Mobile firms will be banned from tying customers into “excessively long” split contracts which link together their handset and their airtime for periods of more than two years, under proposals from Ofcom.
The regulator made the announcement as part of a package of measures to help mobile customers find fairer contracts and benefit from price cuts.
It said mobile customers are increasingly turning to split contracts – with separate contracts for the handset and airtime – to enable them to pay for an expensive mobile phone in instalments.
Ofcom said that while split contracts bring benefits in increased flexibility and pricing transparency, some could tie customers into “excessively long” contracts with providers – in some cases up to 36 months.
It is concerned that longer split contracts could make it harder for customers to switch, if they have to pay off their handset first.
It has proposed a new rule to ban mobile operators from linking split contracts where the handset contract is longer than 24 months.
The proposals, which are subject to consultation, could come into force next year.
— Ofcom (@Ofcom) July 22, 2019
The regulator will also set out plans so that with bundled contracts, mobile customers must be told the cost of buying handsets and airtime separately.
Ofcom also said it was announcing commitments from some of the UK’s biggest mobile companies to reduce customers’ bills after it challenged the industry to take action:
– Virgin Mobile will move its out-of-contract customers to the equivalent 30-day sim-only deal;
– Tesco Mobile will reduce the monthly charges of out-of-contract customers who are overpaying to the best available airtime tariff;
– O2 will reduce the monthly price of its out-of-contract customers to the equivalent 30-day Sim-only deal. This will apply to its direct customers only, but O2 will discuss options for customers who take out O2 contracts with third-party retailers;
– Vodafone and EE will reduce their prices for customers out of contract for more than three months. Both companies will confirm the level of this discount before the end of the year. Ofcom expects their discount to take into account the level of savings available if customers switched to a comparable sim-only tariff.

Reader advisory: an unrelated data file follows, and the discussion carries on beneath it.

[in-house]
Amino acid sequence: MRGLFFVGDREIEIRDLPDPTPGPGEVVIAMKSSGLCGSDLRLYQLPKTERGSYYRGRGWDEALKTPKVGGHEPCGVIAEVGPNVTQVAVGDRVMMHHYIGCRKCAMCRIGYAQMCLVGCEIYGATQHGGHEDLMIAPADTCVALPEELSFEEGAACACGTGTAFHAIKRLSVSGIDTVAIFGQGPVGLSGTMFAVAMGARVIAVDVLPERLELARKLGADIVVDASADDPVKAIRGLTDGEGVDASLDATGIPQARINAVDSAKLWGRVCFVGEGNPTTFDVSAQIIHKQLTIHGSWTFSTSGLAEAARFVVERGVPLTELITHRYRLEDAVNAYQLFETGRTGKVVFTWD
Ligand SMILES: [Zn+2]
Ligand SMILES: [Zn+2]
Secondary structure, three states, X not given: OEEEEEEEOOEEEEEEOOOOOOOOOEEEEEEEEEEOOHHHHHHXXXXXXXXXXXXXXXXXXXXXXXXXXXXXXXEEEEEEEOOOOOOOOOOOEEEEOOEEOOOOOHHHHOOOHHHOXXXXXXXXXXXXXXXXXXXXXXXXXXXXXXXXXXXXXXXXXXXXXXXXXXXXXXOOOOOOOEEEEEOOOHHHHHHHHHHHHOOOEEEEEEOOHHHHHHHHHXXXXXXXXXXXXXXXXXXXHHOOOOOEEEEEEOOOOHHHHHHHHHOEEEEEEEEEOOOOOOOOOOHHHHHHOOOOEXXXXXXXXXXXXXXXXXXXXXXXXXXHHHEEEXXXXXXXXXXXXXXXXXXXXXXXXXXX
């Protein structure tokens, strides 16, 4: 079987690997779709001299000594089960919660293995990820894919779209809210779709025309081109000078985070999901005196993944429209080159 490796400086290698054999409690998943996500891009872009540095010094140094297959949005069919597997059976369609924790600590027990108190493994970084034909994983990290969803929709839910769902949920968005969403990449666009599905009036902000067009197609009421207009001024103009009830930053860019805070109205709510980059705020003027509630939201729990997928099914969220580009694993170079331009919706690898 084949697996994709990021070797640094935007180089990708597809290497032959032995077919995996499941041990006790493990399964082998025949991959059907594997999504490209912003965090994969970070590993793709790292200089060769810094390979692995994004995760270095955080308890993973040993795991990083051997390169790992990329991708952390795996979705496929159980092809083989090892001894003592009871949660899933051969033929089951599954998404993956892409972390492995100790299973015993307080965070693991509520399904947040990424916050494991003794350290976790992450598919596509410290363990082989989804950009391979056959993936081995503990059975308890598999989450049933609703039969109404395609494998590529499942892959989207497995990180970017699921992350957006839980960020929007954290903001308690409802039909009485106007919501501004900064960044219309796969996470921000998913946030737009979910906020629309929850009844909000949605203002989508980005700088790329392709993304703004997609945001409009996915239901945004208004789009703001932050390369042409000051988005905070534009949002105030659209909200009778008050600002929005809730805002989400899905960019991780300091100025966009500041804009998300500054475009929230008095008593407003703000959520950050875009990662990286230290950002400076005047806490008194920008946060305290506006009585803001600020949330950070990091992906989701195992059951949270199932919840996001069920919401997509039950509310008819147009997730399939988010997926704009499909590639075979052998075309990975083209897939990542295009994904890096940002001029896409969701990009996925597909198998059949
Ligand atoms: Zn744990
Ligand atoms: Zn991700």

Ofcom said Three had “refused” to apply a discount to its out-of-contract customers.
All of the discounts will come into effect by February 2020.
Lindsey Fussell, Ofcom’s consumer group director, said: “Our research reveals a complex mobile market where not everyone is getting a fair deal.
“So, we’re introducing a range of measures to increase fairness for mobile customers while ensuring we don’t leave existing customers worse off.
“All the major mobile companies – except Three – will also be reducing bills for millions of customers who are past their initial contract period.”
A Three UK spokeswoman said: “We want consumers to engage with the mobile market, switching providers that don’t work for them and finding the best deals to suit their needs.
“That’s why we have worked closely with Ofcom to encourage consumer engagement, particularly around auto-switch reforms, end of contract notifications and best tariff advice.
“We do not believe Ofcom’s proposal will encourage engagement amongst consumers. Instead, it risks creating a stagnant market whereby consumers are not encouraged to shop around for the best deal at the end of their minimum term.”
Gillian Guy, chief executive of Citizens Advice, said: “Today is a good day for loyal mobile phone customers who will save millions on their contracts each year.
“We submitted a super-complaint back in September as the loyalty penalty is simply unfair – and 89% of people agreed with us.”